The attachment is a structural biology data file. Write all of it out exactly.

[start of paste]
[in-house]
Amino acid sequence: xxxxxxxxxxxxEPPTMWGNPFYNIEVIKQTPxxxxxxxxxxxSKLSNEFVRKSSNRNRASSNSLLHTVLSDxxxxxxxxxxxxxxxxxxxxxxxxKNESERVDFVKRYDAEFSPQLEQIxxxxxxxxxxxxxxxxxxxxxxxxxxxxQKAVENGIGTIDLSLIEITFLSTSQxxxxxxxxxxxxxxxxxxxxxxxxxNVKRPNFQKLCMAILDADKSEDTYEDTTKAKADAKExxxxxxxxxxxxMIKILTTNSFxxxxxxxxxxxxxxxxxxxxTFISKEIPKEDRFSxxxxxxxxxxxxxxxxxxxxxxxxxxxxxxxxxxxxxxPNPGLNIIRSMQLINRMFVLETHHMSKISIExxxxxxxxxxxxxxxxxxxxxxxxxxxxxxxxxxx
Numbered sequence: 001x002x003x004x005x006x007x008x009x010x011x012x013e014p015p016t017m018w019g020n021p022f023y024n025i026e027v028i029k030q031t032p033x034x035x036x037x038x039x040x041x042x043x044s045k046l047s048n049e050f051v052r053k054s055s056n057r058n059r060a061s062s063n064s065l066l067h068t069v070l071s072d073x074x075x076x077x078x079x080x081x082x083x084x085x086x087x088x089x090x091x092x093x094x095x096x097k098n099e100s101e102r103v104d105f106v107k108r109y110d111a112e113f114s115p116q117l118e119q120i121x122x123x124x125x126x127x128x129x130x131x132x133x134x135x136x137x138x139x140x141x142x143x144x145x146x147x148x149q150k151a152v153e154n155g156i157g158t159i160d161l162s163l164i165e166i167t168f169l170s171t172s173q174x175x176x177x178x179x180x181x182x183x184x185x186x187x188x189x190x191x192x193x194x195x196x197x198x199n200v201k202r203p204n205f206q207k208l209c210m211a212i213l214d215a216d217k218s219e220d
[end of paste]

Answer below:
[in-house]
Amino acid sequence: xxxxxxxxxxxxEPPTMWGNPFYNIEVIKQTPxxxxxxxxxxxSKLSNEFVRKSSNRNRASSNSLLHTVLSDxxxxxxxxxxxxxxxxxxxxxxxxKNESERVDFVKRYDAEFSPQLEQIxxxxxxxxxxxxxxxxxxxxxxxxxxxxQKAVENGIGTIDLSLIEITFLSTSQxxxxxxxxxxxxxxxxxxxxxxxxxNVKRPNFQKLCMAILDADKSEDTYEDTTKAKADAKExxxxxxxxxxxxMIKILTTNSFxxxxxxxxxxxxxxxxxxxxTFISKEIPKEDRFSxxxxxxxxxxxxxxxxxxxxxxxxxxxxxxxxxxxxxxPNPGLNIIRSMQLINRMFVLETHHMSKISIExxxxxxxxxxxxxxxxxxxxxxxxxxxxxxxxxxx
Numbered sequence: 001x002x003x004x005x006x007x008x009x010x011x012x013e014p015p016t017m018w019g020n021p022f023y024n025i026e027v028i029k030q031t032p033x034x035x036x037x038x039x040x041x042x043x044s045k046l047s048n049e050f051v052r053k054s055s056n057r058n059r060a061s062s063n064s065l066l067h068t069v070l071s072d073x074x075x076x077x078x079x080x081x082x083x084x085x086x087x088x089x090x091x092x093x094x095x096x097k098n099e100s101e102r103v104d105f106v107k108r109y110d111a112e113f114s115p116q117l118e119q120i121x122x123x124x125x126x127x128x129x130x131x132x133x134x135x136x137x138x139x140x141x142x143x144x145x146x147x148x149q150k151a152v153e154n155g156i157g158t159i160d161l162s163l164i165e166i167t168f169l170s171t172s173q174x175x176x177x178x179x180x181x182x183x184x185x186x187x188x189x190x191x192x193x194x195x196x197x198x199n200v201k202r203p204n205f206q207k208l209c210m211a212i213l214d215a216d217k218s219e220d